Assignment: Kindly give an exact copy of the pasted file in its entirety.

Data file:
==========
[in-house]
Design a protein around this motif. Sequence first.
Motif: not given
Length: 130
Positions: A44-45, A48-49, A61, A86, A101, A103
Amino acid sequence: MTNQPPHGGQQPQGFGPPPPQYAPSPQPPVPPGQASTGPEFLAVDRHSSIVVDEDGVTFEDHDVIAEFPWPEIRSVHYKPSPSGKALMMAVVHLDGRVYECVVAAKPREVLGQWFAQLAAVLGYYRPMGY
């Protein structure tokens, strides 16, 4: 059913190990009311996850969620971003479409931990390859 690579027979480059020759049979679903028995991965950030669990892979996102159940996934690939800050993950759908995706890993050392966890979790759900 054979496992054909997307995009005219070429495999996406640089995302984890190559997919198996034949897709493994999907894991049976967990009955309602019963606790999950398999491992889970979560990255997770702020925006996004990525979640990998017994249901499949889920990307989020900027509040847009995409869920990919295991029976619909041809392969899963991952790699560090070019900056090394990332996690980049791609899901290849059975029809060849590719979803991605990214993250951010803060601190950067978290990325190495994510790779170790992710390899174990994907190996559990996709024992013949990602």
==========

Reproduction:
[in-house]
Design a protein around this motif. Sequence first.
Motif: not given
Length: 130
Positions: A44-45, A48-49, A61, A86, A101, A103
Amino acid sequence: MTNQPPHGGQQPQGFGPPPPQYAPSPQPPVPPGQASTGPEFLAVDRHSSIVVDEDGVTFEDHDVIAEFPWPEIRSVHYKPSPSGKALMMAVVHLDGRVYECVVAAKPREVLGQWFAQLAAVLGYYRPMGY
């Protein structure tokens, strides 16, 4: 059913190990009311996850969620971003479409931990390859 690579027979480059020759049979679903028995991965950030669990892979996102159940996934690939800050993950759908995706890993050392966890979790759900 054979496992054909997307995009005219070429495999996406640089995302984890190559997919198996034949897709493994999907894991049976967990009955309602019963606790999950398999491992889970979560990255997770702020925006996004990525979640990998017994249901499949889920990307989020900027509040847009995409869920990919295991029976619909041809392969899963991952790699560090070019900056090394990332996690980049791609899901290849059975029809060849590719979803991605990214993250951010803060601190950067978290990325190495994510790779170790992710390899174990994907190996559990996709024992013949990602």